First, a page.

Monday, April 25

Nested Feedback: Designing Learning Experiences for Generations for Gamers

One of the interesting parts of creating educational simulations is the role of nested feedback. At any given point, a learner should be getting feedback on short, medium, and long-term actions, all simultaneously.

This thinking is very foreign to traditional instructional designers, but very familiar to anyone who builds or uses computer games.

I like to think of feedback at intervals of Turn 1, Turn 3, and Turn 9. Turn 1 feedback happens after every turn. Turn 3 feedback reflects on the execution of simple strategies and ability to build capacity; we see the results of multiple tactics. Turn 9 gets to the biggest ideas of success or failure.

Here is a breakdown, focusing on specifics.

Turn 1 Feedback is around:
*Do I understand my options at any given moment?
*Can I map an action that I want to do/ would do in real life to the screen/ virtual world?
*Do I know if I did something really wrong (not always possible)?
*Do I know if I did something really right (not always possible)?

Turn 1 Feedback meets these learning objectives:
+Use of simple process
+Understanding options/tactics

Turn 1 Feedback Uses:
- Voices
- Graphics

Turn 3 Feedback is around (depending on the learning objectives/content/genre):
*Can I influence/ optimize one (primary systems) variable?
*Do I know if I am on the right track?
*Do I know if I have blown any chance of success?
*Do I know where I am losing ground/ need to triage?
*Do I know if I am doing something rather wrong?
*Do I know if I am doing something rather right?
*Do I know what my long-term goal is?
*How does what I do maximize some part of the system?
*How do I traverse some part of the map?
*How do I build some part?
*How do I get some critical competency/ tool?
*How do I control some territory,?
*How do I build some important personal relationships
*Given my strategy, am I executing against it?

Turn 3 Feedback meets these learning objectives:
+How actions impact a System
+Executing complicated process

Turn 3 Feedback Uses:
- Triggers at milestones reached
- Onscreen graphs and maps

Turn 9 Feedback is around (depending on the learning objectives/content/genre):
*Did I win?
*Can I optimize/ influence many (primary systems) variables
*Did I build what I wanted to build?
*Did I get to where I wanted to go?
*What does victory actually look like?
*Do I understand the trade-offs in my victory?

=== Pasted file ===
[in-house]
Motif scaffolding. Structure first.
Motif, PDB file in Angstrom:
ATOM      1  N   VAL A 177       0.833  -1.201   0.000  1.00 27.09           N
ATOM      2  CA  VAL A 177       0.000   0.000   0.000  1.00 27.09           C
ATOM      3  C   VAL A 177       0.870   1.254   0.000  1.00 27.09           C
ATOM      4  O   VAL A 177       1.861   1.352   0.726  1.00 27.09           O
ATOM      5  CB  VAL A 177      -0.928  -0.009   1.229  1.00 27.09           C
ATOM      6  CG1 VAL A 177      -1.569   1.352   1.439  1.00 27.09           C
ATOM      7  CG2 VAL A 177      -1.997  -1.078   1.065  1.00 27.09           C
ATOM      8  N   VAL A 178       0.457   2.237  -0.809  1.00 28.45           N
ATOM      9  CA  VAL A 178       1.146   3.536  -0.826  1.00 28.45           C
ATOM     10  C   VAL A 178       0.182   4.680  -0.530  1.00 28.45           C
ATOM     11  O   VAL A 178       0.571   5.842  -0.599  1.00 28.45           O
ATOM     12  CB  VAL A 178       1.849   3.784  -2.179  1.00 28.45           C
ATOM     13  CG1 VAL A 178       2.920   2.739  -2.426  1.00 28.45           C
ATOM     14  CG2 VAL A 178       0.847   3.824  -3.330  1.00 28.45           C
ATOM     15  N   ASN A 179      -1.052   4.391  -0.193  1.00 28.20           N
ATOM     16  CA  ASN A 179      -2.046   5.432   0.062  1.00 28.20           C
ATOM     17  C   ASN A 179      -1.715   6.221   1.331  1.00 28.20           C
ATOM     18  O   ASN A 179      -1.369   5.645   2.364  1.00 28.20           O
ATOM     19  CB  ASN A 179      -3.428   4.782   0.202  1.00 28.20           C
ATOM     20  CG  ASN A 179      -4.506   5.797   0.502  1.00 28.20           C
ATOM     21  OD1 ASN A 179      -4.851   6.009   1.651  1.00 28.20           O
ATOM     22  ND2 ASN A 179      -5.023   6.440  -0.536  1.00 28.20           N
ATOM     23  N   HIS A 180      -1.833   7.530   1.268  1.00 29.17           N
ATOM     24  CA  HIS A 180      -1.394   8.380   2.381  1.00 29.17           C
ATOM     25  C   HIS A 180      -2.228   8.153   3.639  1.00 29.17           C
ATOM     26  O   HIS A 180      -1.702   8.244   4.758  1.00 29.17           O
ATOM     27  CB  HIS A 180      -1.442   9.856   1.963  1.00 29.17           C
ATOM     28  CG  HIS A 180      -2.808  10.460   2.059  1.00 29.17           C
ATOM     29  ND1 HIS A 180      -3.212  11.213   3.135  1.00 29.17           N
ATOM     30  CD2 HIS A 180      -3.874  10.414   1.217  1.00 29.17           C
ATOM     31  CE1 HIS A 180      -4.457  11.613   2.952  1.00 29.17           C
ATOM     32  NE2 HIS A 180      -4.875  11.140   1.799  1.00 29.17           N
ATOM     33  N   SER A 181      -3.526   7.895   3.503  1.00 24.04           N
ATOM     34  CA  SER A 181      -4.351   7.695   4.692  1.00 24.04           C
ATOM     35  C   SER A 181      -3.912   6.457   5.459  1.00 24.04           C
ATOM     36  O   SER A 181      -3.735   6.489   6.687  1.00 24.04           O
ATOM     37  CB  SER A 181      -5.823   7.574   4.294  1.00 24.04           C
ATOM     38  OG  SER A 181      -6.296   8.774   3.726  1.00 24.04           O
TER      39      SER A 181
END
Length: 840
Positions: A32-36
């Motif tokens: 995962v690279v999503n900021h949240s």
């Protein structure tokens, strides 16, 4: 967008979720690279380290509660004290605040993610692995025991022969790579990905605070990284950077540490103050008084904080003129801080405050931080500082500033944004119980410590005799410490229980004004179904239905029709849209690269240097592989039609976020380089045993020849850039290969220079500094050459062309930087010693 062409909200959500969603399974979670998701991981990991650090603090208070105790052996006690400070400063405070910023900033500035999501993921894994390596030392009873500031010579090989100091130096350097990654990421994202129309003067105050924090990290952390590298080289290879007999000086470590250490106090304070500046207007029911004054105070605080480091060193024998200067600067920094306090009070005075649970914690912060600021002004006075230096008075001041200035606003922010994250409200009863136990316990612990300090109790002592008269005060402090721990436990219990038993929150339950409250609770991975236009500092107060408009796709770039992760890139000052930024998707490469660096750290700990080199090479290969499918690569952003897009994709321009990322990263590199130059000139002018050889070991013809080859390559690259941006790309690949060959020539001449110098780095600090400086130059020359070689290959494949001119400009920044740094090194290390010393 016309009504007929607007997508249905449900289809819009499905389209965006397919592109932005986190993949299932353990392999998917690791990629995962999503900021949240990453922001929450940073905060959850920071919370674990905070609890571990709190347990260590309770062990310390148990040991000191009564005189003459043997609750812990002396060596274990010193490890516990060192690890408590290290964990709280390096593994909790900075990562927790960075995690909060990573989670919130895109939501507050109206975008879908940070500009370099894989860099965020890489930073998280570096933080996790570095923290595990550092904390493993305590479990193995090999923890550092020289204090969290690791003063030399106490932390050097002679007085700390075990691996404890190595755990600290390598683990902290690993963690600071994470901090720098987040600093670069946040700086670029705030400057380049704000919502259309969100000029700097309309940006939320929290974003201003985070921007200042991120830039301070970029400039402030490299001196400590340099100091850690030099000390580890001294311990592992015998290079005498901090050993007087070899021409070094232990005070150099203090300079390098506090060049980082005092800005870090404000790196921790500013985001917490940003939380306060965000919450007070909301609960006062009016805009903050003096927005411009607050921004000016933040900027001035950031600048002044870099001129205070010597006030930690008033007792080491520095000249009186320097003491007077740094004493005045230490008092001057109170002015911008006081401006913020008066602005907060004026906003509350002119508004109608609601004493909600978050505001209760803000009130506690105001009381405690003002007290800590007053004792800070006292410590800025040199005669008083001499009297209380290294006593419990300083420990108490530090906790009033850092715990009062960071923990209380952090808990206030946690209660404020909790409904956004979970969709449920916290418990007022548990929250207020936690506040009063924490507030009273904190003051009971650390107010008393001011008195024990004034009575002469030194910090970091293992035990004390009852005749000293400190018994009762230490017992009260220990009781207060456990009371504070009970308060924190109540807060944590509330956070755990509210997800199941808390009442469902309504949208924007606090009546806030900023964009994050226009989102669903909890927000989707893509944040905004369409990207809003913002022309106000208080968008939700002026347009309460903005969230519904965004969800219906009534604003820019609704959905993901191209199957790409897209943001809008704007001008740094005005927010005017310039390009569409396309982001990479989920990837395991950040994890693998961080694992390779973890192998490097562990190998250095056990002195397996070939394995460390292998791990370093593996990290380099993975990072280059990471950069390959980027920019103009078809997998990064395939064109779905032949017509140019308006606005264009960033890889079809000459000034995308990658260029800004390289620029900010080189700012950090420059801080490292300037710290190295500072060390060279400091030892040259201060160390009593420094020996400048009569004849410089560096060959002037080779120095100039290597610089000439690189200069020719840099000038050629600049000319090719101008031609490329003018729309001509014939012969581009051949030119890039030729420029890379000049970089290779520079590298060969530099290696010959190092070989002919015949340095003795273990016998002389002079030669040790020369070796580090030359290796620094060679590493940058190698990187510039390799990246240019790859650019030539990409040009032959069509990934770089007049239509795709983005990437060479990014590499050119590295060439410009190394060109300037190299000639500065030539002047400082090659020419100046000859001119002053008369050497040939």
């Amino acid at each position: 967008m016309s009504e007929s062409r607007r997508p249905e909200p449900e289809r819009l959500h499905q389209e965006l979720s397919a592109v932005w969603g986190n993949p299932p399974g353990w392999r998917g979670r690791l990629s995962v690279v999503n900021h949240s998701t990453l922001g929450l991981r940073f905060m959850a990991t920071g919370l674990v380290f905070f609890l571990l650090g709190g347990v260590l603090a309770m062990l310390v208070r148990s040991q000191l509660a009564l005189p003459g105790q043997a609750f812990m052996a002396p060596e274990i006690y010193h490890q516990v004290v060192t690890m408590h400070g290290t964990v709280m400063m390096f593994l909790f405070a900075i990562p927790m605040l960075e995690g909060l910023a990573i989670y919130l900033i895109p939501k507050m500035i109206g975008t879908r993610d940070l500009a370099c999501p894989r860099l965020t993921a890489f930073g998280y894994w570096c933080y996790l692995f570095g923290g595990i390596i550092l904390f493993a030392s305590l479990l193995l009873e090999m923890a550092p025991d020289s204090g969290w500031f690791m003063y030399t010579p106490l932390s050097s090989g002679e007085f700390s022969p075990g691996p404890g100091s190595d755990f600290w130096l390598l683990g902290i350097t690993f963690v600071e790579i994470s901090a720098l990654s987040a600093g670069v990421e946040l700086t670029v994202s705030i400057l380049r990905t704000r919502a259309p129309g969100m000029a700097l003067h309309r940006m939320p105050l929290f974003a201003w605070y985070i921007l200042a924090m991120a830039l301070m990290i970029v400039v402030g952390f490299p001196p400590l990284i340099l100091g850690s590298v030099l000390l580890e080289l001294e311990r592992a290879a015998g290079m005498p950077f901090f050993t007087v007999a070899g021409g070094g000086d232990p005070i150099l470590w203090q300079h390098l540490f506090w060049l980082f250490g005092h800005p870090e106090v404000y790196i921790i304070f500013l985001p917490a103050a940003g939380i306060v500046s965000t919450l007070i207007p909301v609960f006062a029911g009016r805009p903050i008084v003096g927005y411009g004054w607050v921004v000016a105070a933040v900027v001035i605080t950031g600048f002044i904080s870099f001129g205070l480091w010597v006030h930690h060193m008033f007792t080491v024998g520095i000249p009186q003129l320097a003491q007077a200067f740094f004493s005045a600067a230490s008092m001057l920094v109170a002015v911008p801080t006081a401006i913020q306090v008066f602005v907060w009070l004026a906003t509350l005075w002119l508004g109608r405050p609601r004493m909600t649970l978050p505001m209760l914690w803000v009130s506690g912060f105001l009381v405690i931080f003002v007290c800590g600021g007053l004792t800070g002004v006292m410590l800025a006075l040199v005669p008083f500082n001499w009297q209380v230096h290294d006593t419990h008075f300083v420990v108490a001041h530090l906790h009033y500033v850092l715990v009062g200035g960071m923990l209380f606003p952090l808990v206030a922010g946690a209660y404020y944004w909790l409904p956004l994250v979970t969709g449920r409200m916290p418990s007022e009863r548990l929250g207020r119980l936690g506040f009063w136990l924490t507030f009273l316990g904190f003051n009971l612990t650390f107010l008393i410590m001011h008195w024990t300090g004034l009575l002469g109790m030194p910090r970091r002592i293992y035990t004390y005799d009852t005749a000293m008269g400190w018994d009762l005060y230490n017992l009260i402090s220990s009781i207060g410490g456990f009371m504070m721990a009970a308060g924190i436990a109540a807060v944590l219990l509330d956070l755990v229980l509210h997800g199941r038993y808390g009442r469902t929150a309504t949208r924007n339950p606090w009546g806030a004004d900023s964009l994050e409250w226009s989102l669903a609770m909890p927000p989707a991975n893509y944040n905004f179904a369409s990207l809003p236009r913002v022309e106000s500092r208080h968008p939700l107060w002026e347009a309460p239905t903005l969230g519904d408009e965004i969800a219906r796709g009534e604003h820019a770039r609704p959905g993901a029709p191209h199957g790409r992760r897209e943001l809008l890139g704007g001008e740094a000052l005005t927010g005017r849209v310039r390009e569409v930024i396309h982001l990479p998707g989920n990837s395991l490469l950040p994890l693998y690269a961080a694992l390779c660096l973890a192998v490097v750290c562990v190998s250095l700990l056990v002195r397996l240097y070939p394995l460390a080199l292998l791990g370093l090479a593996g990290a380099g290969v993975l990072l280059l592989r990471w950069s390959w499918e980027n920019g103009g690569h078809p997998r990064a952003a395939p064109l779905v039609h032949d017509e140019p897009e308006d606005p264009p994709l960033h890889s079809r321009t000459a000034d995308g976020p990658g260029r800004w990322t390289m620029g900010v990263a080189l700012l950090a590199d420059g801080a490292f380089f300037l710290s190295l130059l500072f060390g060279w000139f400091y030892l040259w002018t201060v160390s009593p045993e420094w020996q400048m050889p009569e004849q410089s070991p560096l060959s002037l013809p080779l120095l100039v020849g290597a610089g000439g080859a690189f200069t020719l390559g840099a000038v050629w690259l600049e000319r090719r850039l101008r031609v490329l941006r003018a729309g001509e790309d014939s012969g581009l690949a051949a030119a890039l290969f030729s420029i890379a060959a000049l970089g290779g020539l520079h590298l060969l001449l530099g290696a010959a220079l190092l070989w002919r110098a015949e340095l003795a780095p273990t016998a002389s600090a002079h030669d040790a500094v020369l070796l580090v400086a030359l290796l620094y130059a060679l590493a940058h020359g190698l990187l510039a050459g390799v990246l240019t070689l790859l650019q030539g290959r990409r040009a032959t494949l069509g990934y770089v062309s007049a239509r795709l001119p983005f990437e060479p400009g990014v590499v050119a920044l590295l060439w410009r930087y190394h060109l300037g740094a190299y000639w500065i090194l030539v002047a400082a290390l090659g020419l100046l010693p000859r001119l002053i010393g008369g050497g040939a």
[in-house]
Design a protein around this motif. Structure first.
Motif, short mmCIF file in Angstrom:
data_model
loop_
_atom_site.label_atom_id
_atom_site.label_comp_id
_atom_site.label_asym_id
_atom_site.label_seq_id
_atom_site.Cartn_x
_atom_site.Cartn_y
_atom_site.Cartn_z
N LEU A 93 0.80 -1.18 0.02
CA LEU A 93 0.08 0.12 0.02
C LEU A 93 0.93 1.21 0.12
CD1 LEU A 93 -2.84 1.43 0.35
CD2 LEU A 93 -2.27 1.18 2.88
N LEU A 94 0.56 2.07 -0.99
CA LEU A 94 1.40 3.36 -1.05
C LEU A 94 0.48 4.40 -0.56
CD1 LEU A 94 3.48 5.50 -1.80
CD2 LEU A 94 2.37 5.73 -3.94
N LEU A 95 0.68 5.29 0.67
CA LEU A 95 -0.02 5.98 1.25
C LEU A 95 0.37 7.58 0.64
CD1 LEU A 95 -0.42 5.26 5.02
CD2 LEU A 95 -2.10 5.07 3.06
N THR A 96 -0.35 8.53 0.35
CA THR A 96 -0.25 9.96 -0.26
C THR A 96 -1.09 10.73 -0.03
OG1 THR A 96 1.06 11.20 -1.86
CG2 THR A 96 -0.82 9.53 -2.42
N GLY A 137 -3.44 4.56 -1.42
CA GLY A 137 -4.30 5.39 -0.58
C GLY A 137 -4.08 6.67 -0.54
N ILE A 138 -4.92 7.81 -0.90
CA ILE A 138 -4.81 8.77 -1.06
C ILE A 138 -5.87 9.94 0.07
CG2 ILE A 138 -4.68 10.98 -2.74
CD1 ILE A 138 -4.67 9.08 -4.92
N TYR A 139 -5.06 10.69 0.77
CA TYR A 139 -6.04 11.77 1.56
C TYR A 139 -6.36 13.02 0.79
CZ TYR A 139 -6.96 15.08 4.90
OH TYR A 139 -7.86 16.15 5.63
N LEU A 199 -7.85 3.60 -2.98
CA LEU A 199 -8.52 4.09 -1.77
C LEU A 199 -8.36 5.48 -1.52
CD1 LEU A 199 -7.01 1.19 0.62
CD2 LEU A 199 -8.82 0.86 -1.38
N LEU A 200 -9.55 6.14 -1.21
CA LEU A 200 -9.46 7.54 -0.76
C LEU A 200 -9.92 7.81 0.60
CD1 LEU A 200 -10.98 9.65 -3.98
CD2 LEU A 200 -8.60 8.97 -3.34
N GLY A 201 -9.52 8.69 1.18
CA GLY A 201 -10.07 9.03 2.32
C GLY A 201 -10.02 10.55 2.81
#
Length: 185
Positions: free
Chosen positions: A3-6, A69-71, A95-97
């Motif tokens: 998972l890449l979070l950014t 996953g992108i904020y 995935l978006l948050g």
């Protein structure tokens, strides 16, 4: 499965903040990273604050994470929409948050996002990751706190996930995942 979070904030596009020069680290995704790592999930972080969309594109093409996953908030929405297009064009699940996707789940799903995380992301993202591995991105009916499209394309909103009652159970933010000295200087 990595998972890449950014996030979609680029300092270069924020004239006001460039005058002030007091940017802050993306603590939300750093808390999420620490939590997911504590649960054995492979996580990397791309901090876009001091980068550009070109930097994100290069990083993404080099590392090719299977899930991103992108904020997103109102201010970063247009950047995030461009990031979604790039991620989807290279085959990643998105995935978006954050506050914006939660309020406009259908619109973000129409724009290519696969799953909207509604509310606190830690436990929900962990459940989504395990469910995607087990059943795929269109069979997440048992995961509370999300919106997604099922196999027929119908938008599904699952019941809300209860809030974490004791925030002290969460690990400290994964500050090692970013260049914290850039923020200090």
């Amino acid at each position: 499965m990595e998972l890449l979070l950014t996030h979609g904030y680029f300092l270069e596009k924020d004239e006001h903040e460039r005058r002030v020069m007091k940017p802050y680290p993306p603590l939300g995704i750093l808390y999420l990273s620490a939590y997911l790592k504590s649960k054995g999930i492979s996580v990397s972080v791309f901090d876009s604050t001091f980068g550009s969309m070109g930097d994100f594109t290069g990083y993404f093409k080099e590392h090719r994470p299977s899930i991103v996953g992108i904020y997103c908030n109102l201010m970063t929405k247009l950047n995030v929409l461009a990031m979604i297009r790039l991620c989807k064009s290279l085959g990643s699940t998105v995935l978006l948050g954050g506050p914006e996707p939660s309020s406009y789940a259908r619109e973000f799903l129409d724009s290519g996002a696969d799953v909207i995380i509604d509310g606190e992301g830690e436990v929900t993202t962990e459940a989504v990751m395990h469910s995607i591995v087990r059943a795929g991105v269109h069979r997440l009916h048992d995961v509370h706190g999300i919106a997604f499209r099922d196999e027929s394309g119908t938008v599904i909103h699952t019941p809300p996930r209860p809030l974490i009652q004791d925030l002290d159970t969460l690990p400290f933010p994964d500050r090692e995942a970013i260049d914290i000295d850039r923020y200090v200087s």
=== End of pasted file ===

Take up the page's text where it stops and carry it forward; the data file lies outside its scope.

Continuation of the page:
Turn 9 Feedback meets these learning objectives:
+Understanding Systems
+Use of Time
+Execution of Complex Strategy

Turn 9 Feedback uses:
- After action reviews
- Complex charts and graphs
- Multiple analyses of plays
- Advice for future plays
- Scores
- Consequences of actions taken

When learners first engage the sim, they are focused on Turn 1 Feedback. But after a few iterations, either replaying or continuing on to advanced levels, the learners increasingly focus on Turn 9 Feedback.

One necessity of building these nested feedback cycles is that we have to spend a lot more time thinking about failure than thinking about success. Our increasing challenge is how to help learners recognize, and then avoid, failure. This also gets to a concept of level design, again familiar to gamers and foreign to traditional instructional designers.

The bad news is that this is obviously a lot of work. The good news is that it produces formal learning experiences that teach much more, in much less time, in a format that meets the needs of the next generation of learners.


Clark Aldrich said...

Given that we still have schools and universities...

Given that most managers are stunningly unprepared for their promotions and we all pay for it...

Given that the most valued skills are still hunted and gathered, not developed...

I would say yes, there is a need.

Anonymous said...

Well, you certainly need to learn how to access all this information, sort through it for the piece you really need, and then apply it to your current need. Let’s keep in mind that information is only valuable when one has the knowledge as to how and when to apply it. My two cents.

Anonymous said...

I would argue that the easy availability of information today has actually made the need for learning even more urgent. You need to be at your smartest and most sceptical when you're surfing thr net. It can kill you. Literally. To give you an example: you can get information on the best way to kill yourself on the Internet. You better have your wits about you when you surf.

You don't have to be so smart if you're living in a society where information is frozen. If you have ever spoken to people who live in villages in third world countries where nothing changes for generations, you will be amazed at the stupidity of people but they know what they need to survive and it's not learning.